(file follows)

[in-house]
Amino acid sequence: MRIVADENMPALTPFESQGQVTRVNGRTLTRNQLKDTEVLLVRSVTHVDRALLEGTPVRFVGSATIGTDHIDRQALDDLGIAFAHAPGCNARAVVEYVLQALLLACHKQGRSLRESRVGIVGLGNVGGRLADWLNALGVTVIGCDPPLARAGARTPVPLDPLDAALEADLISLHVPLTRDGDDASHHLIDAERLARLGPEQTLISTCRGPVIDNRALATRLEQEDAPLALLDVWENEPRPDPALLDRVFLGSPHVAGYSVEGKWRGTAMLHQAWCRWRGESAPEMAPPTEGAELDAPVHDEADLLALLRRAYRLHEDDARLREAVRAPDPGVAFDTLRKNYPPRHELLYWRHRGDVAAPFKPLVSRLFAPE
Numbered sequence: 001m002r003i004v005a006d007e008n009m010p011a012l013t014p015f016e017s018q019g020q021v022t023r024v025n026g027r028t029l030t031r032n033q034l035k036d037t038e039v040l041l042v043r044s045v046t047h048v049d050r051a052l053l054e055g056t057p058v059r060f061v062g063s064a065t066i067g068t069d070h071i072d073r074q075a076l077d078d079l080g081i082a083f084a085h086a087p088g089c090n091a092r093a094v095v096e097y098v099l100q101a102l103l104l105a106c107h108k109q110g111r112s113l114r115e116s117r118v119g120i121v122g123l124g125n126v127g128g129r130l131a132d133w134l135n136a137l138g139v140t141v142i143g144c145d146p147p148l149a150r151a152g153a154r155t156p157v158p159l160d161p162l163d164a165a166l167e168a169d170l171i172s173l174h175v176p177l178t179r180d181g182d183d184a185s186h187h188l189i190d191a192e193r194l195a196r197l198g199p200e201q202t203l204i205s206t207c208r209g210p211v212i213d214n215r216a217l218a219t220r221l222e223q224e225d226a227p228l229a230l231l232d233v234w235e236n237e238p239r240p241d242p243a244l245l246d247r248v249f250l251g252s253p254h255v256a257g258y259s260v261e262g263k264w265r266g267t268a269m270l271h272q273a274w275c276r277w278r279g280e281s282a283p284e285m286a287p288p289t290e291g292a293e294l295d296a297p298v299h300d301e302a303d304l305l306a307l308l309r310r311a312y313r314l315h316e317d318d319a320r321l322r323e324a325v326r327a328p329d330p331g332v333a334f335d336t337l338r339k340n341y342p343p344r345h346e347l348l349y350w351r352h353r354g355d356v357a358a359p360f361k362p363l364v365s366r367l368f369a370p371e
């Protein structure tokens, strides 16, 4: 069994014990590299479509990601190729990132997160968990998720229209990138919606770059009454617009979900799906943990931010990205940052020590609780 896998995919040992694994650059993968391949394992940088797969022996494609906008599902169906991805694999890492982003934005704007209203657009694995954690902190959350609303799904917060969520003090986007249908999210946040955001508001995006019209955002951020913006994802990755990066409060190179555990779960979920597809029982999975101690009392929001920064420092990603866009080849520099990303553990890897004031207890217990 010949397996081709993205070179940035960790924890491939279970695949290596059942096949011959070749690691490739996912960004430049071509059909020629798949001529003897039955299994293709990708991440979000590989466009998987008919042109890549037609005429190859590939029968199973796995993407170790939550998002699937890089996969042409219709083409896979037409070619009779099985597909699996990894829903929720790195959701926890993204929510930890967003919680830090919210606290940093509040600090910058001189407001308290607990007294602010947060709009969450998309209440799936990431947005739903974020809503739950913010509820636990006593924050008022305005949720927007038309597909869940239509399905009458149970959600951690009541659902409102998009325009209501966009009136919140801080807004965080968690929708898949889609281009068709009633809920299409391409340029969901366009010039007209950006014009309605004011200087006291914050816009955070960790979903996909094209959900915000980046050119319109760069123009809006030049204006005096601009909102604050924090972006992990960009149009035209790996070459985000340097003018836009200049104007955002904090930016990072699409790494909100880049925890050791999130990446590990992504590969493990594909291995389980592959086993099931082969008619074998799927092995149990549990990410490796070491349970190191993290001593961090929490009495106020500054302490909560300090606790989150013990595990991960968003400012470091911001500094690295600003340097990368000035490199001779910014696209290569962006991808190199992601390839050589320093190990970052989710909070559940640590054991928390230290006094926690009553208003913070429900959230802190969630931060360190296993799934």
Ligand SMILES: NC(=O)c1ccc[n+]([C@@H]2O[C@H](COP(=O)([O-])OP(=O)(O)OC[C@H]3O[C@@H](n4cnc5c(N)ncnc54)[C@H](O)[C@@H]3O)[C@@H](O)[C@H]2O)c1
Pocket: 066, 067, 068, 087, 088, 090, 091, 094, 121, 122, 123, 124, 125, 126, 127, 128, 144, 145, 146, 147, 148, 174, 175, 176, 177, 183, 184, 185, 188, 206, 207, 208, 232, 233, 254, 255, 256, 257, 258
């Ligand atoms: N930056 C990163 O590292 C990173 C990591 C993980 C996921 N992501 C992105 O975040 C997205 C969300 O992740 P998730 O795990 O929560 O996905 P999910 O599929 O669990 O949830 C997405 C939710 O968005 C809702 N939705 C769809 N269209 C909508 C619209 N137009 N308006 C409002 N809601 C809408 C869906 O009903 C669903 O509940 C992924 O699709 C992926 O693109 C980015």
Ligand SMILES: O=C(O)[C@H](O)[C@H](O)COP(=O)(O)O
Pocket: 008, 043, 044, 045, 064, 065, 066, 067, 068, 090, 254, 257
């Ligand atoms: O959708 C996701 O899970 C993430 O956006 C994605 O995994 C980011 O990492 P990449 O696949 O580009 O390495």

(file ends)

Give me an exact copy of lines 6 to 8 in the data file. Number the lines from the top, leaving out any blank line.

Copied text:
Pocket: 066, 067, 068, 087, 088, 090, 091, 094, 121, 122, 123, 124, 125, 126, 127, 128, 144, 145, 146, 147, 148, 174, 175, 176, 177, 183, 184, 185, 188, 206, 207, 208, 232, 233, 254, 255, 256, 257, 258
């Ligand atoms: N930056 C990163 O590292 C990173 C990591 C993980 C996921 N992501 C992105 O975040 C997205 C969300 O992740 P998730 O795990 O929560 O996905 P999910 O599929 O669990 O949830 C997405 C939710 O968005 C809702 N939705 C769809 N269209 C909508 C619209 N137009 N308006 C409002 N809601 C809408 C869906 O009903 C669903 O509940 C992924 O699709 C992926 O693109 C980015």
Ligand SMILES: O=C(O)[C@H](O)[C@H](O)COP(=O)(O)O